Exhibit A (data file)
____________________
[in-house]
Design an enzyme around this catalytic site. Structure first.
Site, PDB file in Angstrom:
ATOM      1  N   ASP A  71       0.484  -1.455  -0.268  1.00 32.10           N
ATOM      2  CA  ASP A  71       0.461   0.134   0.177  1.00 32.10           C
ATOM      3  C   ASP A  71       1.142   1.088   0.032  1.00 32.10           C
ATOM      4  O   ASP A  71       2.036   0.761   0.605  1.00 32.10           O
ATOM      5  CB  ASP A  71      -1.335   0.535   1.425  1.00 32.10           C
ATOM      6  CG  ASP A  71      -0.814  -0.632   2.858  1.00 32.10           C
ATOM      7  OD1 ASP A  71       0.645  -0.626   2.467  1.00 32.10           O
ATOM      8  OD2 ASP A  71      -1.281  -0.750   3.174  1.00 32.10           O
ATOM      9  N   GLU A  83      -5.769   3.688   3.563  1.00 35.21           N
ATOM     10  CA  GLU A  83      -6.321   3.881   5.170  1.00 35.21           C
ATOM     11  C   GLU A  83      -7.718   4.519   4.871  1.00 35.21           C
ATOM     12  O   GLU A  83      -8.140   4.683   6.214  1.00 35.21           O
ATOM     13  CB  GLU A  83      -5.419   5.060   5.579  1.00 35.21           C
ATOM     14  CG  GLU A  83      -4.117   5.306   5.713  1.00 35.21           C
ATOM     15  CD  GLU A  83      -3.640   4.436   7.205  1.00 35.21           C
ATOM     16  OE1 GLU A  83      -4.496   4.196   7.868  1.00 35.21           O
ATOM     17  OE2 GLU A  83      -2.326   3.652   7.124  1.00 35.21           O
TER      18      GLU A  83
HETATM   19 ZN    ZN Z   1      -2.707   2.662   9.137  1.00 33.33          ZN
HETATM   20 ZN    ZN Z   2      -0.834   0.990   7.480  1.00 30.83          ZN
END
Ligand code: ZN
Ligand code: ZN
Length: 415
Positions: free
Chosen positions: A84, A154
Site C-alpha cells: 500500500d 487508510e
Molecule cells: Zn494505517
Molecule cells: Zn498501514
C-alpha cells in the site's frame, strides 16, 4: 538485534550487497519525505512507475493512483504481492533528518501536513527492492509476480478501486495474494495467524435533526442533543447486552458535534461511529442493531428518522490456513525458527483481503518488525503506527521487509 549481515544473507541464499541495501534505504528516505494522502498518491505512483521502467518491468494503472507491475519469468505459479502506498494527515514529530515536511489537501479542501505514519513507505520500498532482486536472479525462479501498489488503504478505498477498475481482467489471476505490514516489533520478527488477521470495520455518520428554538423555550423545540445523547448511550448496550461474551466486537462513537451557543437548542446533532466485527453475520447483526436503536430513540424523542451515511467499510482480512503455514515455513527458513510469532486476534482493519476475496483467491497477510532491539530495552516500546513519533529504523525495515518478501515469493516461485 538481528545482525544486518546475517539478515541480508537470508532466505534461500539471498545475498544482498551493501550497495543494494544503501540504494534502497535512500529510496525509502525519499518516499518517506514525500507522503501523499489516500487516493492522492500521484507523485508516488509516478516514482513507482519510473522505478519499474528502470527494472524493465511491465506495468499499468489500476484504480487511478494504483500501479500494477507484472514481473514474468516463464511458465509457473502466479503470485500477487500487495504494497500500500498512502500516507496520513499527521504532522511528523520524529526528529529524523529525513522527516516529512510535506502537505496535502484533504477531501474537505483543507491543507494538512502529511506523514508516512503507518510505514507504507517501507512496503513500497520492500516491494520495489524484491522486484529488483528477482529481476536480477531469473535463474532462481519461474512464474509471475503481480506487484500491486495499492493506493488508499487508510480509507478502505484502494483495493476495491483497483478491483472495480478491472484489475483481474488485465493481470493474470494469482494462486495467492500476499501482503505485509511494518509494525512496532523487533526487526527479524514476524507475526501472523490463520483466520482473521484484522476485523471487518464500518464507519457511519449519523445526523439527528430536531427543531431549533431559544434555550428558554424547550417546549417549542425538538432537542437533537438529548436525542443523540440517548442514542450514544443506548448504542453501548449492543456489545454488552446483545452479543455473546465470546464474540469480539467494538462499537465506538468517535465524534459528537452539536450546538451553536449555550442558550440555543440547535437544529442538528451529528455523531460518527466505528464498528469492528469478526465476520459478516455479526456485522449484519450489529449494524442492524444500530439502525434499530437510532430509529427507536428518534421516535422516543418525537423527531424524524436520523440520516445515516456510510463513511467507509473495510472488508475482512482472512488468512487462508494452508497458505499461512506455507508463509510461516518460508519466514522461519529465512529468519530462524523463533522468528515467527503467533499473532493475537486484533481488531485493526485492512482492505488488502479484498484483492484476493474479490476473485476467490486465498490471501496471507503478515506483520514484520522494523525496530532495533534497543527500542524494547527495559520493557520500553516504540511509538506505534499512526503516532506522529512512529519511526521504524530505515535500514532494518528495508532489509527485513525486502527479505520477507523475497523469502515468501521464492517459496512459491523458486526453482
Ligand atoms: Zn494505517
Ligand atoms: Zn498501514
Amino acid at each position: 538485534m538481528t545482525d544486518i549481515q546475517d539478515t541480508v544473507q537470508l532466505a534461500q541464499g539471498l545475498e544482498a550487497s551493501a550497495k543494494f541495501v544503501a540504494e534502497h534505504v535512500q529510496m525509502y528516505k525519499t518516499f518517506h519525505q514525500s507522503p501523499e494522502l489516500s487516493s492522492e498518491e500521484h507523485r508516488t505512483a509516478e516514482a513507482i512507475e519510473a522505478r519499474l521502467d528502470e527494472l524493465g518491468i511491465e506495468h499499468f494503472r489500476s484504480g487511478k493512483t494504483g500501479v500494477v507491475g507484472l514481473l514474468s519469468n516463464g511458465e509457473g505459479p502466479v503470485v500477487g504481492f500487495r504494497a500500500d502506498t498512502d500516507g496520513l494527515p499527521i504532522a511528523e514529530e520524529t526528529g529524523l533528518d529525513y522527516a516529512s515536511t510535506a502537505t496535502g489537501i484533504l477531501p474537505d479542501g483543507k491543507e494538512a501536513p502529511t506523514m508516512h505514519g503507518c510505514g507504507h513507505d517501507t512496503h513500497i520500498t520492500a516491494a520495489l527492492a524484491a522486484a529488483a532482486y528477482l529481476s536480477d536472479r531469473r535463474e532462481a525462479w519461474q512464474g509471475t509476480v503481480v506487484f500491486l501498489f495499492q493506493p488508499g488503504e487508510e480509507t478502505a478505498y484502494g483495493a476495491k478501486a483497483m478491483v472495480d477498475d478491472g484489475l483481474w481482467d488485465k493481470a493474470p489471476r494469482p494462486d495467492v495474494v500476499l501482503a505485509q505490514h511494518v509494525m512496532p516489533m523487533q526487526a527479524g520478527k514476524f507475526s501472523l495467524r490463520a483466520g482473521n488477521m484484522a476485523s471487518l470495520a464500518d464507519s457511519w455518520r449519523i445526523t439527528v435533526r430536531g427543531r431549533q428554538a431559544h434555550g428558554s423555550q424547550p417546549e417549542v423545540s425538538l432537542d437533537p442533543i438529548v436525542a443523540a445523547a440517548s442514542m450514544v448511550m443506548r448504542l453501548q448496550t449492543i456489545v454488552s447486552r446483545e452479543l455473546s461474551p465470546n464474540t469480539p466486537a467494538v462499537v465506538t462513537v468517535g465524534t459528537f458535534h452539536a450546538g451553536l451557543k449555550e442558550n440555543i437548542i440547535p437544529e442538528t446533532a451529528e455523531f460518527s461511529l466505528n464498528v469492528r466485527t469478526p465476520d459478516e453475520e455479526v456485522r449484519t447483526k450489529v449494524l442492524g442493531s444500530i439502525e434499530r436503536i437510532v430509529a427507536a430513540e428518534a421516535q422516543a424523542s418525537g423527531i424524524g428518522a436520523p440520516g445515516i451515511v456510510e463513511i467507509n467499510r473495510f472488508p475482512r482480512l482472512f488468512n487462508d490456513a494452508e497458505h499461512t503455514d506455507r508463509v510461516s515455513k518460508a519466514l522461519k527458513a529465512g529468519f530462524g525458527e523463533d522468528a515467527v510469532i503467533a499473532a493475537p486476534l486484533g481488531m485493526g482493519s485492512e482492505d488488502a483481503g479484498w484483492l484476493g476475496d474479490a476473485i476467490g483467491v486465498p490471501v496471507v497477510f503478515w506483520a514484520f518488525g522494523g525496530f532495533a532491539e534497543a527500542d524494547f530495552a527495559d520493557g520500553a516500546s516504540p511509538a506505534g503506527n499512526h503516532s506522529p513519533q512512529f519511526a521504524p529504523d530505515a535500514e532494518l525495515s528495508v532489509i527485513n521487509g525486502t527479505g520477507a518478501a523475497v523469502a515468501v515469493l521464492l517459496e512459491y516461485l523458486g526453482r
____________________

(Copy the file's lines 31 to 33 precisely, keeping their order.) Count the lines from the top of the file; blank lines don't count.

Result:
Molecule cells: Zn494505517
Molecule cells: Zn498501514
C-alpha cells in the site's frame, strides 16, 4: 538485534550487497519525505512507475493512483504481492533528518501536513527492492509476480478501486495474494495467524435533526442533543447486552458535534461511529442493531428518522490456513525458527483481503518488525503506527521487509 549481515544473507541464499541495501534505504528516505494522502498518491505512483521502467518491468494503472507491475519469468505459479502506498494527515514529530515536511489537501479542501505514519513507505520500498532482486536472479525462479501498489488503504478505498477498475481482467489471476505490514516489533520478527488477521470495520455518520428554538423555550423545540445523547448511550448496550461474551466486537462513537451557543437548542446533532466485527453475520447483526436503536430513540424523542451515511467499510482480512503455514515455513527458513510469532486476534482493519476475496483467491497477510532491539530495552516500546513519533529504523525495515518478501515469493516461485 538481528545482525544486518546475517539478515541480508537470508532466505534461500539471498545475498544482498551493501550497495543494494544503501540504494534502497535512500529510496525509502525519499518516499518517506514525500507522503501523499489516500487516493492522492500521484507523485508516488509516478516514482513507482519510473522505478519499474528502470527494472524493465511491465506495468499499468489500476484504480487511478494504483500501479500494477507484472514481473514474468516463464511458465509457473502466479503470485500477487500487495504494497500500500498512502500516507496520513499527521504532522511528523520524529526528529529524523529525513522527516516529512510535506502537505496535502484533504477531501474537505483543507491543507494538512502529511506523514508516512503507518510505514507504507517501507512496503513500497520492500516491494520495489524484491522486484529488483528477482529481476536480477531469473535463474532462481519461474512464474509471475503481480506487484500491486495499492493506493488508499487508510480509507478502505484502494483495493476495491483497483478491483472495480478491472484489475483481474488485465493481470493474470494469482494462486495467492500476499501482503505485509511494518509494525512496532523487533526487526527479524514476524507475526501472523490463520483466520482473521484484522476485523471487518464500518464507519457511519449519523445526523439527528430536531427543531431549533431559544434555550428558554424547550417546549417549542425538538432537542437533537438529548436525542443523540440517548442514542450514544443506548448504542453501548449492543456489545454488552446483545452479543455473546465470546464474540469480539467494538462499537465506538468517535465524534459528537452539536450546538451553536449555550442558550440555543440547535437544529442538528451529528455523531460518527466505528464498528469492528469478526465476520459478516455479526456485522449484519450489529449494524442492524444500530439502525434499530437510532430509529427507536428518534421516535422516543418525537423527531424524524436520523440520516445515516456510510463513511467507509473495510472488508475482512482472512488468512487462508494452508497458505499461512506455507508463509510461516518460508519466514522461519529465512529468519530462524523463533522468528515467527503467533499473532493475537486484533481488531485493526485492512482492505488488502479484498484483492484476493474479490476473485476467490486465498490471501496471507503478515506483520514484520522494523525496530532495533534497543527500542524494547527495559520493557520500553516504540511509538506505534499512526503516532506522529512512529519511526521504524530505515535500514532494518528495508532489509527485513525486502527479505520477507523475497523469502515468501521464492517459496512459491523458486526453482